Searching with a thematic focus on Gender work and employment, Gender
Showing 271-278 of 278 results
- DocumentInternational Food Policy Research Institute, 2003This paper reports on efforts by the Accra Urban Food and Nutrition Study (AUFNS) to help to illuminate the essence of urban poverty, the limiting factors on urban livelihoods, and the particular effect of women's education, work and childcare on child nutritional status in the city.Findings:the rise of urban poverty implies that policymakers must broaden their focus beyond the more traDocumentInternational Labour Organization, 2002This paper argues that the informal economy is here to stay and requires appropriate regulations, laws and policies to correct biases in the existing regulatory, legal, and policy environment that favour formal enterprises and workers to the disadvantage of informal workers and enterprises.DocumentDepartment of Development Studies, Institute of Human Resource Development, Moi University, Kenya, 2001This essay compares women's and men's roles in mining, utilizing the Mukibira mines in Vihiga district to demonstrate how women have been at the center of mining activities.DocumentBusiness for Social Responsibility, 2002Women comprise a majority of the workforce in labor-intensive manufacturing industries such as apparel, footwear, toys, electronics, food processing and house-wares. They also work extensively in the informal sector, including in agriculture and handicrafts. The working environment in these industries can present health hazards to both male and female workers.DocumentEconomic Research Forum, Egypt, 2001This paper studies gender differentials in compensation for the private sector between covered and uncovered wage earners and the self-employed.Uncovered wage earners and the self-employed are defined to be part of the informal sector, while covered wage earners are defined to be part of the formal sector.The 1994 Turkish Household Expenditure Survey is used to examine how individuals are seDocument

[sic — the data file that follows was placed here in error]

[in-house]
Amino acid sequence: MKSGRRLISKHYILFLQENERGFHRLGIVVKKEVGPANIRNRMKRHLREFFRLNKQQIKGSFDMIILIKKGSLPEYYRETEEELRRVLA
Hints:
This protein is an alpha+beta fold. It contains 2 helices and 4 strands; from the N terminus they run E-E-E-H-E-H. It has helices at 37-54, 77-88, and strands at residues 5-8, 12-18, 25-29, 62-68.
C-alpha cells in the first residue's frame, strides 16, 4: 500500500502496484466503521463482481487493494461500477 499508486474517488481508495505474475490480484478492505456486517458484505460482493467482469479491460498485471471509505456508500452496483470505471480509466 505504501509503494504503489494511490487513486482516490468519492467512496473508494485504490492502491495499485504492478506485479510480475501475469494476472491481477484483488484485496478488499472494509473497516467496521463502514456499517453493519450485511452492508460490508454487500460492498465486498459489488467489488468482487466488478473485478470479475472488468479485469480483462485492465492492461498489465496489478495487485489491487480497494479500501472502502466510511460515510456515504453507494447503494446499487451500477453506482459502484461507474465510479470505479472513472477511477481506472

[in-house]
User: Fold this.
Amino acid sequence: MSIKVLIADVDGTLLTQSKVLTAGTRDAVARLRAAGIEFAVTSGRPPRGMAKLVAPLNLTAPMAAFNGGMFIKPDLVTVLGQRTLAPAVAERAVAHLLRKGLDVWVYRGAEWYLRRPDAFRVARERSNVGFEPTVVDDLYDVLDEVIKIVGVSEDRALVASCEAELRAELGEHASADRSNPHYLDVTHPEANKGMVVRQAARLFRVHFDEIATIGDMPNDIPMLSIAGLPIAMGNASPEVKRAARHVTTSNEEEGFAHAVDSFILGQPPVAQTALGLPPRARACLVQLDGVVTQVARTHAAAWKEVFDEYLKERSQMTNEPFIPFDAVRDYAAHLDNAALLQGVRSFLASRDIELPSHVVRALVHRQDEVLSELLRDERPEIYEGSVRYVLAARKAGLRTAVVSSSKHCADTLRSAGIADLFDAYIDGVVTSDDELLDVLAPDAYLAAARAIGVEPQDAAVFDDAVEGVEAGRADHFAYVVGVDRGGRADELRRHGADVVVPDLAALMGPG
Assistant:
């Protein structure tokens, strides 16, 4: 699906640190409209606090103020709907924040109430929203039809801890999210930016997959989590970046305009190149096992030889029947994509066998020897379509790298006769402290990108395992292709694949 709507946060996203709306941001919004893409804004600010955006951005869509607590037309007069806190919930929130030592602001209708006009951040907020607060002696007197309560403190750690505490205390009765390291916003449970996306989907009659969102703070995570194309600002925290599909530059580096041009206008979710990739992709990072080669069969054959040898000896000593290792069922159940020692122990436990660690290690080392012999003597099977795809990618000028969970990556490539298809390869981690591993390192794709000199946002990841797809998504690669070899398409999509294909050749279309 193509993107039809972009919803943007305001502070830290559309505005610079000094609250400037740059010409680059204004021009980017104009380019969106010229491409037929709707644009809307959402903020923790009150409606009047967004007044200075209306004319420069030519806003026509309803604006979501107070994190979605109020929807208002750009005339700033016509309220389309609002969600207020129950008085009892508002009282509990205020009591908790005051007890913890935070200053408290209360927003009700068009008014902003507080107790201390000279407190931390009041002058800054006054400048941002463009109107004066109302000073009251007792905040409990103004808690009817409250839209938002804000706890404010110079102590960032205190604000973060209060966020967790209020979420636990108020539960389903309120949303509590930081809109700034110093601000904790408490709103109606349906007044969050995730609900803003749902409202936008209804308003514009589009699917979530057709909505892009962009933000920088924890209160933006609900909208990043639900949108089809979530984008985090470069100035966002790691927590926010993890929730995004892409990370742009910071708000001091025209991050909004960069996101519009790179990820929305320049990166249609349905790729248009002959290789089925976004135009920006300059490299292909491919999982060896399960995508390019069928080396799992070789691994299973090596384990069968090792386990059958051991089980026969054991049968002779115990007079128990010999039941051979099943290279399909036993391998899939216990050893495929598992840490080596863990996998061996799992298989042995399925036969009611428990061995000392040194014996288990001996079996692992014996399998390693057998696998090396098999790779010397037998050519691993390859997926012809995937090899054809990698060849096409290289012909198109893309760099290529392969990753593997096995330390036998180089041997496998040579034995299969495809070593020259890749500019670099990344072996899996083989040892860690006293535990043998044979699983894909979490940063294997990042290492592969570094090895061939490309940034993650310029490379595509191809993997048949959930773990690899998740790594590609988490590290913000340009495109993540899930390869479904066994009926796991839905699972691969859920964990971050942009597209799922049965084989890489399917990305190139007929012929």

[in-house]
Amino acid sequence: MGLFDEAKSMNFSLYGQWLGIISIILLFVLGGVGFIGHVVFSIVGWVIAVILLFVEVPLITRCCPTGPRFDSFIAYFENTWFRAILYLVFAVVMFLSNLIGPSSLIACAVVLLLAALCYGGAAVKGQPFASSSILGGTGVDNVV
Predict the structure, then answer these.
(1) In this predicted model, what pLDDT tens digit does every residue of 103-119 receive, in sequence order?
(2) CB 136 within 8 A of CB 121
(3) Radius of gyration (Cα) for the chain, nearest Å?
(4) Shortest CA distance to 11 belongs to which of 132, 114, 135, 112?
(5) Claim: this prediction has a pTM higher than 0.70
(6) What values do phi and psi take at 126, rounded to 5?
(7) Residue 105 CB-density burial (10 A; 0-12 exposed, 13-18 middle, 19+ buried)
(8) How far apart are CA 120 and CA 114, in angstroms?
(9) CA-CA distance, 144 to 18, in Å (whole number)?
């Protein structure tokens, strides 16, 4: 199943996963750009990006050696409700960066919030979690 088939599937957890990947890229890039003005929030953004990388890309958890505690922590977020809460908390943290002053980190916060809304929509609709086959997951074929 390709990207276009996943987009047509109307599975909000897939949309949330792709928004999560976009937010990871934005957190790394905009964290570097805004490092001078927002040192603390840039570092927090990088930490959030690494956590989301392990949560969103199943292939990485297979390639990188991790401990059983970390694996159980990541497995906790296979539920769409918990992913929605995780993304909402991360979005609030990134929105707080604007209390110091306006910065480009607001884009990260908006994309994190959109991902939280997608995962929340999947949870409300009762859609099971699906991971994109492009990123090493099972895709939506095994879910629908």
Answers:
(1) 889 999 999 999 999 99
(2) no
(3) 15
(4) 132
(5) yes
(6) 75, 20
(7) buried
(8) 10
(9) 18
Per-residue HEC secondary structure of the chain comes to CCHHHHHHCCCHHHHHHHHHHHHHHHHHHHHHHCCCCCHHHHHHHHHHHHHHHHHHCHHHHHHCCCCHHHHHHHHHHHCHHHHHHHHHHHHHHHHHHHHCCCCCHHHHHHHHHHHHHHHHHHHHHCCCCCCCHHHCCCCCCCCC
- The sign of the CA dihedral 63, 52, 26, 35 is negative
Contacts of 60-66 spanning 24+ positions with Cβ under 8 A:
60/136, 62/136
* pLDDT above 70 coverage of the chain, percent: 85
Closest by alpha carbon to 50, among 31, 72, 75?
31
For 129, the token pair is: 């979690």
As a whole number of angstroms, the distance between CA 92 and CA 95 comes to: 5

Are all men benefiting from the new economy? Male economic marginalization in Argentina, Brazil, and Costa RicaGendernet, World Bank, 2000There is an increasing concern that the process of extensive reforms affecting the Latin America region may have deeper social ramifications in terms of gender as the new economies strain the capability of certain groups of men to work and earn good wages, allowing them to fulfill their traditional socially prescribed role as "providers".This paper uses household surveys covering broadly the peDocumentNatural Resource Perspectives, ODI, 2000Human capital is often considered in terms of the new skills which development initiatives should seek to impart. This paper argues for a broader approach. It first outlines thefactors that need to be addressed if existing human capital is to reach its full potential.DocumentTrade and Industrial Policy Strategies, South Africa, 2000This paper examines the gender dimensions of the growth in informal and flexible work in South Africa and the government’s policy response to this.